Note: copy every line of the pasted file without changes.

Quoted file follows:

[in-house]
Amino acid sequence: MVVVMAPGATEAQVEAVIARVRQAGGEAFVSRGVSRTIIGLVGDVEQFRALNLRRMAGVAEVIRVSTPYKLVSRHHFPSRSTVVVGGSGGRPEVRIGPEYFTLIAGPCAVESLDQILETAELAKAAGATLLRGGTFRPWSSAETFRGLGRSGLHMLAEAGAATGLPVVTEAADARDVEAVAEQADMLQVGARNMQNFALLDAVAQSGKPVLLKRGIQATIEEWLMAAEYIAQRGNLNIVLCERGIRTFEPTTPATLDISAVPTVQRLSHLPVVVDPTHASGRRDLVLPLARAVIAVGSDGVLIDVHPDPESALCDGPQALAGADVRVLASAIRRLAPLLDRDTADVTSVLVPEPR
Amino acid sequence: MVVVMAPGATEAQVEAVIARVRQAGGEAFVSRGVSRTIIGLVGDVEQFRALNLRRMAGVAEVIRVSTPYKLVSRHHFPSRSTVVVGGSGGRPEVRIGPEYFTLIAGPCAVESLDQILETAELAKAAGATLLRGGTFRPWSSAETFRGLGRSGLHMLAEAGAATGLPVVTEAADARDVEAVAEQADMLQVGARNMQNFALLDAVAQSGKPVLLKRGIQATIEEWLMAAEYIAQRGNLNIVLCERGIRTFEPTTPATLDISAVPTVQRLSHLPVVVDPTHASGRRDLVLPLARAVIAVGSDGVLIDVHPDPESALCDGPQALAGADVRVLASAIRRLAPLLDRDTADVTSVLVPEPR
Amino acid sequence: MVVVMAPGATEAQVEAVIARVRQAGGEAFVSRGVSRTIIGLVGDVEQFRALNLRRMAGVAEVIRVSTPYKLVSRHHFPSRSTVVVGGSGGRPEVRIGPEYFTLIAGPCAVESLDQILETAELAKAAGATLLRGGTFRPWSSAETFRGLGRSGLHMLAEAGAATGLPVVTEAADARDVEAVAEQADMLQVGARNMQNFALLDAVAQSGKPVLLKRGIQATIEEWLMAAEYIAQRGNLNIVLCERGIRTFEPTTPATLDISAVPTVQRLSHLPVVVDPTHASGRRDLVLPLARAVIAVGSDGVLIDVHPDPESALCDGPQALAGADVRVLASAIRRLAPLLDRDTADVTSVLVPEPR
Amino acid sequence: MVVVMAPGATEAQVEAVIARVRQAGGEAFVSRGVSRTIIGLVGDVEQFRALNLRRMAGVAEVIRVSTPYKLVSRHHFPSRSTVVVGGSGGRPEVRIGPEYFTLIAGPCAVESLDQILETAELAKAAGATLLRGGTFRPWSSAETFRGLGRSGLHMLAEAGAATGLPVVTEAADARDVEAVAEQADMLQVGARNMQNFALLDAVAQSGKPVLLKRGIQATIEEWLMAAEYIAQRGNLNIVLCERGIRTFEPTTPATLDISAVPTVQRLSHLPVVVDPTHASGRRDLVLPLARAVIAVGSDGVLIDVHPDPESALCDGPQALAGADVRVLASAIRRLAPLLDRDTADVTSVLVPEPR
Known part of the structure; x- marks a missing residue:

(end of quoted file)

[in-house]
Amino acid sequence: MVVVMAPGATEAQVEAVIARVRQAGGEAFVSRGVSRTIIGLVGDVEQFRALNLRRMAGVAEVIRVSTPYKLVSRHHFPSRSTVVVGGSGGRPEVRIGPEYFTLIAGPCAVESLDQILETAELAKAAGATLLRGGTFRPWSSAETFRGLGRSGLHMLAEAGAATGLPVVTEAADARDVEAVAEQADMLQVGARNMQNFALLDAVAQSGKPVLLKRGIQATIEEWLMAAEYIAQRGNLNIVLCERGIRTFEPTTPATLDISAVPTVQRLSHLPVVVDPTHASGRRDLVLPLARAVIAVGSDGVLIDVHPDPESALCDGPQALAGADVRVLASAIRRLAPLLDRDTADVTSVLVPEPR
Amino acid sequence: MVVVMAPGATEAQVEAVIARVRQAGGEAFVSRGVSRTIIGLVGDVEQFRALNLRRMAGVAEVIRVSTPYKLVSRHHFPSRSTVVVGGSGGRPEVRIGPEYFTLIAGPCAVESLDQILETAELAKAAGATLLRGGTFRPWSSAETFRGLGRSGLHMLAEAGAATGLPVVTEAADARDVEAVAEQADMLQVGARNMQNFALLDAVAQSGKPVLLKRGIQATIEEWLMAAEYIAQRGNLNIVLCERGIRTFEPTTPATLDISAVPTVQRLSHLPVVVDPTHASGRRDLVLPLARAVIAVGSDGVLIDVHPDPESALCDGPQALAGADVRVLASAIRRLAPLLDRDTADVTSVLVPEPR
Amino acid sequence: MVVVMAPGATEAQVEAVIARVRQAGGEAFVSRGVSRTIIGLVGDVEQFRALNLRRMAGVAEVIRVSTPYKLVSRHHFPSRSTVVVGGSGGRPEVRIGPEYFTLIAGPCAVESLDQILETAELAKAAGATLLRGGTFRPWSSAETFRGLGRSGLHMLAEAGAATGLPVVTEAADARDVEAVAEQADMLQVGARNMQNFALLDAVAQSGKPVLLKRGIQATIEEWLMAAEYIAQRGNLNIVLCERGIRTFEPTTPATLDISAVPTVQRLSHLPVVVDPTHASGRRDLVLPLARAVIAVGSDGVLIDVHPDPESALCDGPQALAGADVRVLASAIRRLAPLLDRDTADVTSVLVPEPR
Amino acid sequence: MVVVMAPGATEAQVEAVIARVRQAGGEAFVSRGVSRTIIGLVGDVEQFRALNLRRMAGVAEVIRVSTPYKLVSRHHFPSRSTVVVGGSGGRPEVRIGPEYFTLIAGPCAVESLDQILETAELAKAAGATLLRGGTFRPWSSAETFRGLGRSGLHMLAEAGAATGLPVVTEAADARDVEAVAEQADMLQVGARNMQNFALLDAVAQSGKPVLLKRGIQATIEEWLMAAEYIAQRGNLNIVLCERGIRTFEPTTPATLDISAVPTVQRLSHLPVVVDPTHASGRRDLVLPLARAVIAVGSDGVLIDVHPDPESALCDGPQALAGADVRVLASAIRRLAPLLDRDTADVTSVLVPEPR
Known part of the structure; x- marks a missing residue: